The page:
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The History of Dijon Mustard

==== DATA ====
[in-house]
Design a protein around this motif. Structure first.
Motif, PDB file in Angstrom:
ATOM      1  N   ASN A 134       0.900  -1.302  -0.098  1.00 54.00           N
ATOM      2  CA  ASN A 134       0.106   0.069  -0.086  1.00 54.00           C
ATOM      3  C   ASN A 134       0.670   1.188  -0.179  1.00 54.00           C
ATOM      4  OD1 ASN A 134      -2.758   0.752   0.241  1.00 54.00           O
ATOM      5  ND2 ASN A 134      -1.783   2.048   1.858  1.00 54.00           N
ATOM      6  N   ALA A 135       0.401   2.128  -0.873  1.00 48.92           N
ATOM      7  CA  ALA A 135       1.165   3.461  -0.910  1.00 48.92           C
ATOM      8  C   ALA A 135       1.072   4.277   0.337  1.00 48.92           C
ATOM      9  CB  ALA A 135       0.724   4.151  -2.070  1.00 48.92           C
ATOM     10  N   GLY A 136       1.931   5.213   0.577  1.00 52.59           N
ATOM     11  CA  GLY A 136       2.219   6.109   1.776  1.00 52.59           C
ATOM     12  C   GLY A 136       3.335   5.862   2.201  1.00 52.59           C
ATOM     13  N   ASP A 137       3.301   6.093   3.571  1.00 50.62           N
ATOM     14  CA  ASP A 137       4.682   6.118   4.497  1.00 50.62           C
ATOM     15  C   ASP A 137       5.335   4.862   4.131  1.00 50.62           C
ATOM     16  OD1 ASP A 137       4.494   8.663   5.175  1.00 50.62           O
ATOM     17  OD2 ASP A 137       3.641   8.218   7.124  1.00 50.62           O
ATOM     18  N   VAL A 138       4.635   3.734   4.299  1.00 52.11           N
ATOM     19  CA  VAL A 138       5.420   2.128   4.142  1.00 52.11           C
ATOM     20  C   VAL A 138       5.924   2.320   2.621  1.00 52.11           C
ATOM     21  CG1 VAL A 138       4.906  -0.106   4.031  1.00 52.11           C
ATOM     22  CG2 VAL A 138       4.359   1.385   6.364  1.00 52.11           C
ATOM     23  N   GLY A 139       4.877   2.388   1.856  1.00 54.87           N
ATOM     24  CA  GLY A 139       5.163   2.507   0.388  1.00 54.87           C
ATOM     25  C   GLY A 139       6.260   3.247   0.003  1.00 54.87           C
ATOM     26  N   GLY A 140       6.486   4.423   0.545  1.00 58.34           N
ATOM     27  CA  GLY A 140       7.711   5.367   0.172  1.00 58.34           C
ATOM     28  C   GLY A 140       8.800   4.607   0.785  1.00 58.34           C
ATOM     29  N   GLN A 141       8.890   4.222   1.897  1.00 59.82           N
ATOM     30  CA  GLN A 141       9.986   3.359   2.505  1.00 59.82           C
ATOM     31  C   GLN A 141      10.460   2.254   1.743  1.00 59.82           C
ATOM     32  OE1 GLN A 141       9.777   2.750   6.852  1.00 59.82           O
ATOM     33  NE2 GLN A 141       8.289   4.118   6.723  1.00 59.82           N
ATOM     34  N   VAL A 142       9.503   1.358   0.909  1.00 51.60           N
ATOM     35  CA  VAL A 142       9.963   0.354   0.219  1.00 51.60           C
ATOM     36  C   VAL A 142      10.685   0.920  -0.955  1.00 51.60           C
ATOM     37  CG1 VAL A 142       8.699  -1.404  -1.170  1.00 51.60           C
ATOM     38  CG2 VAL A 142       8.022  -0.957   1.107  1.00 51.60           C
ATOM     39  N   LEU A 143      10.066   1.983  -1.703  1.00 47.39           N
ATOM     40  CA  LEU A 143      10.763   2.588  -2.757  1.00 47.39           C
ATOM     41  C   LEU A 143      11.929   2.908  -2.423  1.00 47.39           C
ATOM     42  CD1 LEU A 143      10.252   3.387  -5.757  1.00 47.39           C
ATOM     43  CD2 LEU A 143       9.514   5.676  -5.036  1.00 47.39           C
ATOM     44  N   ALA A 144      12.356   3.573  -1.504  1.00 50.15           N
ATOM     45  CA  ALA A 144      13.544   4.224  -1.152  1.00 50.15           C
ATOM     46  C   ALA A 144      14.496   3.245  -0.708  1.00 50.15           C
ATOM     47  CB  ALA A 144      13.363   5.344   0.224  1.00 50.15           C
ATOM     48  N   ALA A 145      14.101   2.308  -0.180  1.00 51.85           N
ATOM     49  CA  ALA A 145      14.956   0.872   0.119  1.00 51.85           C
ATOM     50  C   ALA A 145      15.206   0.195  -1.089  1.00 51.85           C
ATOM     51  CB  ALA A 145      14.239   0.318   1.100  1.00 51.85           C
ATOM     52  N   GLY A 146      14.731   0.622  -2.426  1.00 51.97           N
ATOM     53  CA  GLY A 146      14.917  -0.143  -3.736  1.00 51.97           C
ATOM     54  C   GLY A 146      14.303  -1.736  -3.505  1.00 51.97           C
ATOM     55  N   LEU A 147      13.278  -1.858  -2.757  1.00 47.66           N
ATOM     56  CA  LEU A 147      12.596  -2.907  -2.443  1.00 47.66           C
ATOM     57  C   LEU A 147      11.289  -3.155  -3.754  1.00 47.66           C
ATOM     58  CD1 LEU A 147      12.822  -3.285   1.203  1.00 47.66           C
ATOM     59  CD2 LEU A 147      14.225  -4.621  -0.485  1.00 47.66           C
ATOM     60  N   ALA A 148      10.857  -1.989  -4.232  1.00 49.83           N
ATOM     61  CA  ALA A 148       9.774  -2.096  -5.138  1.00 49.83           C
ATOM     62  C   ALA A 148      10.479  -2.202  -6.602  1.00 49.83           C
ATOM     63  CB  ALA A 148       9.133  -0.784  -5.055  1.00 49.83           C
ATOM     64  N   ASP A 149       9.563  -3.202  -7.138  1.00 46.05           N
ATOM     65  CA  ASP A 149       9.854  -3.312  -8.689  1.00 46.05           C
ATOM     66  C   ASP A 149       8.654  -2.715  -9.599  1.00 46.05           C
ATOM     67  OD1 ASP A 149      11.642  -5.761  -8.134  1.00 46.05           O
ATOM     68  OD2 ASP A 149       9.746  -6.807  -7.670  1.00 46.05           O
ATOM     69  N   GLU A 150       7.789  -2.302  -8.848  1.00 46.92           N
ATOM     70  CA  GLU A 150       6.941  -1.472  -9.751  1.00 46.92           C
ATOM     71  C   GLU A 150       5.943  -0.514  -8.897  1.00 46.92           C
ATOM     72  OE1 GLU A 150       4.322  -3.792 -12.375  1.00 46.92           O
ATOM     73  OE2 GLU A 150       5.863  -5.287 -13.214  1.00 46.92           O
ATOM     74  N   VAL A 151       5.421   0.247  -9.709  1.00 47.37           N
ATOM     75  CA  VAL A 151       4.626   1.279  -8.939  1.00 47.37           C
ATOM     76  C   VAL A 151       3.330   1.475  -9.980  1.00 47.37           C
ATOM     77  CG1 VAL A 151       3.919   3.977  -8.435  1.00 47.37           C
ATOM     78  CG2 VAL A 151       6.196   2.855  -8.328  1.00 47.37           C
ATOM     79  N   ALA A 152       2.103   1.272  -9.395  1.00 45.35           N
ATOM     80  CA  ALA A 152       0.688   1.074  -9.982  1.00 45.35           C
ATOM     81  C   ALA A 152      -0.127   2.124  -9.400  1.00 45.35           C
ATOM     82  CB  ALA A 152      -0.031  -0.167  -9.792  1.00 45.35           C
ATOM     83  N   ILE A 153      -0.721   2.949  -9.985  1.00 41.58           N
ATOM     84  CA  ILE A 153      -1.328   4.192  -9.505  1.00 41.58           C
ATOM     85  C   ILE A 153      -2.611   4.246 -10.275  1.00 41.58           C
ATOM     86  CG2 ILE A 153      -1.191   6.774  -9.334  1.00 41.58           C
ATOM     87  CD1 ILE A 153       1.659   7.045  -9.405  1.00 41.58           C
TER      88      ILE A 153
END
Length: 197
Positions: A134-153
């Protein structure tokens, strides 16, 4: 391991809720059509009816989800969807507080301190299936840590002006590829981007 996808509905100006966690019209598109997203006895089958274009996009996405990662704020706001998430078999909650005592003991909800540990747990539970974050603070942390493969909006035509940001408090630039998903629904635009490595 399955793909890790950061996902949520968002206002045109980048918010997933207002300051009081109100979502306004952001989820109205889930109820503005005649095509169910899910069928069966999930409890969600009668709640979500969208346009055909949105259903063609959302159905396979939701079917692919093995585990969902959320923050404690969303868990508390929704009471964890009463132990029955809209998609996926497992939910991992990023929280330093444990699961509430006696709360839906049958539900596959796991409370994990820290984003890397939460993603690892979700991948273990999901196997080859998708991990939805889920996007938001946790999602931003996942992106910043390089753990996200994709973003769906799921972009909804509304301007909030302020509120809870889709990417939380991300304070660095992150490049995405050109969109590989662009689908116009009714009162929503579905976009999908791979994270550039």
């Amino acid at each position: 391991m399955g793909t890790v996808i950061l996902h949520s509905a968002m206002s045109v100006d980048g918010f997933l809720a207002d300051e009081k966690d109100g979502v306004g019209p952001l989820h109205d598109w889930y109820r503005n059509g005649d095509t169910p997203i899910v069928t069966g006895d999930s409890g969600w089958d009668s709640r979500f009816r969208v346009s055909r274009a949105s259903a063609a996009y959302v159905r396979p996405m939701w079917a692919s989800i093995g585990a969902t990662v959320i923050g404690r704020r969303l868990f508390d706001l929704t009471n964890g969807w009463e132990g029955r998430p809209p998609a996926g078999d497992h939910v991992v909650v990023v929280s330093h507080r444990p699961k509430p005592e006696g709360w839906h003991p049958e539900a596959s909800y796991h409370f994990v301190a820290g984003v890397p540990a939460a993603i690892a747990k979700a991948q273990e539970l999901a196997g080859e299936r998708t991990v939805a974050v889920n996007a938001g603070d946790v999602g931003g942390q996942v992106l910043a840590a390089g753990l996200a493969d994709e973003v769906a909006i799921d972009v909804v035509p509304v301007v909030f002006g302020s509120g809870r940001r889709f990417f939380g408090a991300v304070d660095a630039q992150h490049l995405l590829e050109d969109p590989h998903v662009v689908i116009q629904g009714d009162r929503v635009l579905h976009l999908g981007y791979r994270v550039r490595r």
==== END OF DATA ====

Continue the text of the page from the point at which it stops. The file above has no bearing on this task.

Mustard dates all the way back to the ancient world. In both the Middle East and Egypt, mustard seeds were used as spices as far back as 3000 B.C. The Romans then adopted the spice and ground it into a paste not too dissimilar from modern mustards. But the next innovation in mustard’s development happened not in Rome, but in France. The Burgundy region (where Dijon is located) is well known for its wine. Mustard-making cropped up as an industry in the area because mustard seeds provided essential nutrients to grapevines, so they were routinely planted alongside the grapes. Locals then made mustard by mixing mustard seeds with wine must, which is a byproduct of winemaking. Mustard became so popular that the Dukes of Burgundy once reportedly served 70 gallons of it at a feast in 1336! But true Dijon mustard didn’t come around for another 500 years or so. Over time, vinegar replaced grape must in the recipe. Then in 1856, a citizen of Dijon named Jean Naigeon began making mustard with another wine product called verjus in place of the vinegar. (The use of a wine byproduct in the recipe is what gives Dijon mustard its unique heat.) Approximately a decade later, Grey Poupon was founded. The fledgling company used steam power to mass-produce Dijon mustard for the first time and quickly made its mark on the mustard market in France before moving on to the rest of Europe and then crossing the Atlantic to America, where it is now a well-known brand of Dijon mustard. Today, Dijon mustard is popular all around the world and most recipes still use white wine products to impart that distinctive zing of heat and flavor.

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